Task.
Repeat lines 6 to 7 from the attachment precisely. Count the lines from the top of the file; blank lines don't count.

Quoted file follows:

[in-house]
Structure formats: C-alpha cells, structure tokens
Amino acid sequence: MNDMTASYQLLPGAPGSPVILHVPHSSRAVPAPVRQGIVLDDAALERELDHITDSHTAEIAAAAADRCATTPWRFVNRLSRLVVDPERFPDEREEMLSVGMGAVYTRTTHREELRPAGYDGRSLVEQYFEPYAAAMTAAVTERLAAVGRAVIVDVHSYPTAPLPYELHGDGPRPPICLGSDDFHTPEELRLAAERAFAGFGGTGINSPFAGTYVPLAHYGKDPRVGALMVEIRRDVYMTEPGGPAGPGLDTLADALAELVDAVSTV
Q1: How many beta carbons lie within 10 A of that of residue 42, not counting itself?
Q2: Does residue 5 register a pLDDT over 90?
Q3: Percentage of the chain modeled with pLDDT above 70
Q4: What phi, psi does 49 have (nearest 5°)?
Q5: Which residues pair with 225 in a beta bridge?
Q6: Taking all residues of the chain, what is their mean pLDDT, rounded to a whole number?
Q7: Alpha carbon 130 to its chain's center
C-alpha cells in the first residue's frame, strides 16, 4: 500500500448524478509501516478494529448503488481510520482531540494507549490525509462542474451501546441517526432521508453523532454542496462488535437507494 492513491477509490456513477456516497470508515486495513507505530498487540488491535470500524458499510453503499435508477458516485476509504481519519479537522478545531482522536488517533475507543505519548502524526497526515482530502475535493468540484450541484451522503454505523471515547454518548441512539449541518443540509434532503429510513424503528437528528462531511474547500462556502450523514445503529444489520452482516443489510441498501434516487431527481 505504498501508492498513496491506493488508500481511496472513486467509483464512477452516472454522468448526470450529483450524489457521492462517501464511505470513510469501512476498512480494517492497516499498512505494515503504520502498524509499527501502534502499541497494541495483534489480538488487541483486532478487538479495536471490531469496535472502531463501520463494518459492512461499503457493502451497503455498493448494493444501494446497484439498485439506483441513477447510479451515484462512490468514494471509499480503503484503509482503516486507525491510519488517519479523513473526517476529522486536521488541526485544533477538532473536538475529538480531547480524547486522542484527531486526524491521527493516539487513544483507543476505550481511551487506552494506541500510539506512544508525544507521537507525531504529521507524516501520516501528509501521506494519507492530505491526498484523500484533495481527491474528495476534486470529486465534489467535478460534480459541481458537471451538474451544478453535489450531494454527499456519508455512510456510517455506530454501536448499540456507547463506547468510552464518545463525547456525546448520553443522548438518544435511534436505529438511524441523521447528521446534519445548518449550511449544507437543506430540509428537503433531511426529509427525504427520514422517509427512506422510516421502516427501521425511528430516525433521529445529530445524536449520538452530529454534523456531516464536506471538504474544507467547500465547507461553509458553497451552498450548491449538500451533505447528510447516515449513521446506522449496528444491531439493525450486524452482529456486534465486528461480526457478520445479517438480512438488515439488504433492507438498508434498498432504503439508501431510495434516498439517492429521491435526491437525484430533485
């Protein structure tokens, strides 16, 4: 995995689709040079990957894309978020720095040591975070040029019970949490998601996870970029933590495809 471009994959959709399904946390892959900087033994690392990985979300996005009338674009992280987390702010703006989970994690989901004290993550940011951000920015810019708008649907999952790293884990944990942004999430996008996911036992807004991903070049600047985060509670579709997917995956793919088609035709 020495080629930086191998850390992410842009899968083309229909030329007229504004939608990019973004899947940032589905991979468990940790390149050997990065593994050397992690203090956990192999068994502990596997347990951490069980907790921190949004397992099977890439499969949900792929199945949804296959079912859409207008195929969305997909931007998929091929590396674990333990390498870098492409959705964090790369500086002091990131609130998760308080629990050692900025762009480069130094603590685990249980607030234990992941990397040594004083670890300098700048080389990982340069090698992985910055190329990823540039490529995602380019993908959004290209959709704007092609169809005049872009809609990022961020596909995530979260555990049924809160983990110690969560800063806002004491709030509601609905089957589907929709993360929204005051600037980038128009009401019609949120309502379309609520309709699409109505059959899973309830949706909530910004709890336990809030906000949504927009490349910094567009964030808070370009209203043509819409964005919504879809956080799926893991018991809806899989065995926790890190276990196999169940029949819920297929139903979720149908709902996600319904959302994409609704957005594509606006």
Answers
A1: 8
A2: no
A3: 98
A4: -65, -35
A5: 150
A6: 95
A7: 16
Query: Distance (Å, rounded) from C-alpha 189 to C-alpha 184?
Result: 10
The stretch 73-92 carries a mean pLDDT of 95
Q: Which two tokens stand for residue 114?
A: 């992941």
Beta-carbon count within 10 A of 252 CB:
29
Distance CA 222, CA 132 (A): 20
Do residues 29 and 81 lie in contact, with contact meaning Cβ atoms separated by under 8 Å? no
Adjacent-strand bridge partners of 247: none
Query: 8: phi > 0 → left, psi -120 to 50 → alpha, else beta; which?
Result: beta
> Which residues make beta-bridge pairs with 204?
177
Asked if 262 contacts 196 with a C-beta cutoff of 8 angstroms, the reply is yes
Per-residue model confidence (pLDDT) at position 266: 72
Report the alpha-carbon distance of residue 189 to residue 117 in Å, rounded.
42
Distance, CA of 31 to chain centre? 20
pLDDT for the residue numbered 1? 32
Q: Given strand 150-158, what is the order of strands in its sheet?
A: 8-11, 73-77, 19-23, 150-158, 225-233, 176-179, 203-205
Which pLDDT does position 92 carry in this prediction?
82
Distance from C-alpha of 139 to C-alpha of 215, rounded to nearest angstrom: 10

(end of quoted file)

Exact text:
Q3: Percentage of the chain modeled with pLDDT above 70
Q4: What phi, psi does 49 have (nearest 5°)?